Robber fly diversity, seasonal activity and habitat associations were studied in prairie and forest habitats in west-central Illinois from May to Oct. 2005. The greatest numbers of individuals and species were collected in recently burned prairie and forest habitats, although richness in the recently burned prairie was lower than expected based on rarefaction. Six of the eight most abundant species had primarily mid-season or earlier flight activity patterns; the other two species were mid- to late or late season fliers. There was significant variation in robber fly species composition among habitats. Forest habitats had greater within-habitat variation in species composition than did prairie habitats. Three indicator species (Cerotainia macrocera Say, Nerax aestuans (L.) and Promachus hinei Bromley) were found, all for prairie habitats. Two species (Ommatius ouachitensis Bullington & Lavigne and P. hinei) showed significant sex-related variation in habitat associations. These results show that significant variation in robber fly assemblages can occur over relatively small geographic areas and that fire may affect robber fly abundance and diversity.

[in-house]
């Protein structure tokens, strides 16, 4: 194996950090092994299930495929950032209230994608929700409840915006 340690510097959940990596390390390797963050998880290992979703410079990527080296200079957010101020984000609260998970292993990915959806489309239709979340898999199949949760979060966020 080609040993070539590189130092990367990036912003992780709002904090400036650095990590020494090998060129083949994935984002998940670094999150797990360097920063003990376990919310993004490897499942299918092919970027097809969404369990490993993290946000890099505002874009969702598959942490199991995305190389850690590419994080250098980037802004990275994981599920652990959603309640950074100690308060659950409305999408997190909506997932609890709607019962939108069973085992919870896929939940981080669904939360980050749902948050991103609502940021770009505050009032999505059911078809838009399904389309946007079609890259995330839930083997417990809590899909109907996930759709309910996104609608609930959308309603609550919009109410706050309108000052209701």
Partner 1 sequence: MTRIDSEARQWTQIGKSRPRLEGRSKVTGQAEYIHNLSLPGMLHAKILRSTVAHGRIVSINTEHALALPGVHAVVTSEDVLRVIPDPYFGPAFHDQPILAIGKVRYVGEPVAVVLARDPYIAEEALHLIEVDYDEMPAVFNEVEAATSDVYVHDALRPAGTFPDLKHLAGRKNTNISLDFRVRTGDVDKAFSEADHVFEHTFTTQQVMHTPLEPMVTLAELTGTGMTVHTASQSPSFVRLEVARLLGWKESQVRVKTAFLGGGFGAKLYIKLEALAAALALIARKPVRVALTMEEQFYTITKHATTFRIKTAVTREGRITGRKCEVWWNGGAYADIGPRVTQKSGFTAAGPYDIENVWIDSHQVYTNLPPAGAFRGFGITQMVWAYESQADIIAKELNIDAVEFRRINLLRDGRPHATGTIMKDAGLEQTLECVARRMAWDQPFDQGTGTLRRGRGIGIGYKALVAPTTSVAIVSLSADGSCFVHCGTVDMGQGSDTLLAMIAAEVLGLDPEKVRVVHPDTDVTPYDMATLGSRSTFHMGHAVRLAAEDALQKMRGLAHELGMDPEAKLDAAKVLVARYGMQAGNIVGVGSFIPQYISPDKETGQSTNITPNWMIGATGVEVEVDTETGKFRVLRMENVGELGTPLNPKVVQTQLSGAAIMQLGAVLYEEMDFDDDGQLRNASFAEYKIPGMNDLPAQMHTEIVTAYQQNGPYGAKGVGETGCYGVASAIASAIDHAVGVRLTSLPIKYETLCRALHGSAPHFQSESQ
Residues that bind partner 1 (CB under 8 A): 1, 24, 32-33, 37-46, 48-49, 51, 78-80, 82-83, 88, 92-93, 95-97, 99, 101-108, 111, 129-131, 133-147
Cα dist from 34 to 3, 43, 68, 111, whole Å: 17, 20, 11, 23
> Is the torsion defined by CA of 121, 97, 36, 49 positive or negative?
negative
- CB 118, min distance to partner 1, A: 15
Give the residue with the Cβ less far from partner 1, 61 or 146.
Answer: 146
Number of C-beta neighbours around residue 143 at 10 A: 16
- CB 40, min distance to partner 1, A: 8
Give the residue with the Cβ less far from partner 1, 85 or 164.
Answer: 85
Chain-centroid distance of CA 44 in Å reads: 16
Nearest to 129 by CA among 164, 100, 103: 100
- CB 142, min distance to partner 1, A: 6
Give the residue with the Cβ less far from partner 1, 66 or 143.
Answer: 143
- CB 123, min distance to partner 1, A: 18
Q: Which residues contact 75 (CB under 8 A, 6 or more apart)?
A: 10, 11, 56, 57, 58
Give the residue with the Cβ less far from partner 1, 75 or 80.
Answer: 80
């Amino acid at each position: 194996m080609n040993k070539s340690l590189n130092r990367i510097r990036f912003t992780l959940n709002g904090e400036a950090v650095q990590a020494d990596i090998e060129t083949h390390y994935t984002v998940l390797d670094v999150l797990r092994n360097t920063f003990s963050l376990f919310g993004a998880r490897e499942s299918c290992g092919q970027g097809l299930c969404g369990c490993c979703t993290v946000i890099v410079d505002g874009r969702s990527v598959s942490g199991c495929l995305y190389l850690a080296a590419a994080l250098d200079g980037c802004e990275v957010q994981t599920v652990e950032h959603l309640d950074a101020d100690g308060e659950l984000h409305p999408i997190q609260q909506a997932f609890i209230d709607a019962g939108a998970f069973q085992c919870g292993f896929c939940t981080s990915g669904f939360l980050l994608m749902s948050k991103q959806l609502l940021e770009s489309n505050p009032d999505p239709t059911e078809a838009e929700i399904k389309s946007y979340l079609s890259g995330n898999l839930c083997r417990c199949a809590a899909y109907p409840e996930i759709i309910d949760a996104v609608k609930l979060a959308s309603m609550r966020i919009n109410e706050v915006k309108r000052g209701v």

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Vol. 166 • No. 1